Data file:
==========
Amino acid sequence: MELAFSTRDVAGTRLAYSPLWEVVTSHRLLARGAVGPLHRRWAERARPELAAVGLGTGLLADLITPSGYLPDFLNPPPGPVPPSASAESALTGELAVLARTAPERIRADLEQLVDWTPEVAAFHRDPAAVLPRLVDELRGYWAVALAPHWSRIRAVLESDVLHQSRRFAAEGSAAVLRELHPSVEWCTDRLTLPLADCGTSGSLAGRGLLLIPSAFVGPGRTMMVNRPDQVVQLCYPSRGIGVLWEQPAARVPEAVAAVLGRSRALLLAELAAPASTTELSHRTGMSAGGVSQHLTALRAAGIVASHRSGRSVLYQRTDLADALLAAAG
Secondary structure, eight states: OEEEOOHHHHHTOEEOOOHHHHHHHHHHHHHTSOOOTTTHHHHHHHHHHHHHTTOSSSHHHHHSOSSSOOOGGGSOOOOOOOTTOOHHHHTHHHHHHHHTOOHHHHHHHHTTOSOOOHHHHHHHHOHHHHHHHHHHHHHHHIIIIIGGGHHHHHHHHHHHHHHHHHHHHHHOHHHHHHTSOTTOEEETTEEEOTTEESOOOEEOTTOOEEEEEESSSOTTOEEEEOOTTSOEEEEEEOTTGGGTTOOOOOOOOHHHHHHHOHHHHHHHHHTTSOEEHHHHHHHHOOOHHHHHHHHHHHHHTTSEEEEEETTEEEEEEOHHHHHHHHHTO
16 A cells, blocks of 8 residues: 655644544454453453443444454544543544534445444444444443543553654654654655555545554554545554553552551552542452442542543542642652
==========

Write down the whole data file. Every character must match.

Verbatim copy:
Amino acid sequence: MELAFSTRDVAGTRLAYSPLWEVVTSHRLLARGAVGPLHRRWAERARPELAAVGLGTGLLADLITPSGYLPDFLNPPPGPVPPSASAESALTGELAVLARTAPERIRADLEQLVDWTPEVAAFHRDPAAVLPRLVDELRGYWAVALAPHWSRIRAVLESDVLHQSRRFAAEGSAAVLRELHPSVEWCTDRLTLPLADCGTSGSLAGRGLLLIPSAFVGPGRTMMVNRPDQVVQLCYPSRGIGVLWEQPAARVPEAVAAVLGRSRALLLAELAAPASTTELSHRTGMSAGGVSQHLTALRAAGIVASHRSGRSVLYQRTDLADALLAAAG
Secondary structure, eight states: OEEEOOHHHHHTOEEOOOHHHHHHHHHHHHHTSOOOTTTHHHHHHHHHHHHHTTOSSSHHHHHSOSSSOOOGGGSOOOOOOOTTOOHHHHTHHHHHHHHTOOHHHHHHHHTTOSOOOHHHHHHHHOHHHHHHHHHHHHHHHIIIIIGGGHHHHHHHHHHHHHHHHHHHHHHOHHHHHHTSOTTOEEETTEEEOTTEESOOOEEOTTOOEEEEEESSSOTTOEEEEOOTTSOEEEEEEOTTGGGTTOOOOOOOOHHHHHHHOHHHHHHHHHTTSOEEHHHHHHHHOOOHHHHHHHHHHHHHTTSEEEEEETTEEEEEEOHHHHHHHHHTO
16 A cells, blocks of 8 residues: 655644544454453453443444454544543544534445444444444443543553654654654655555545554554545554553552551552542452442542543542642652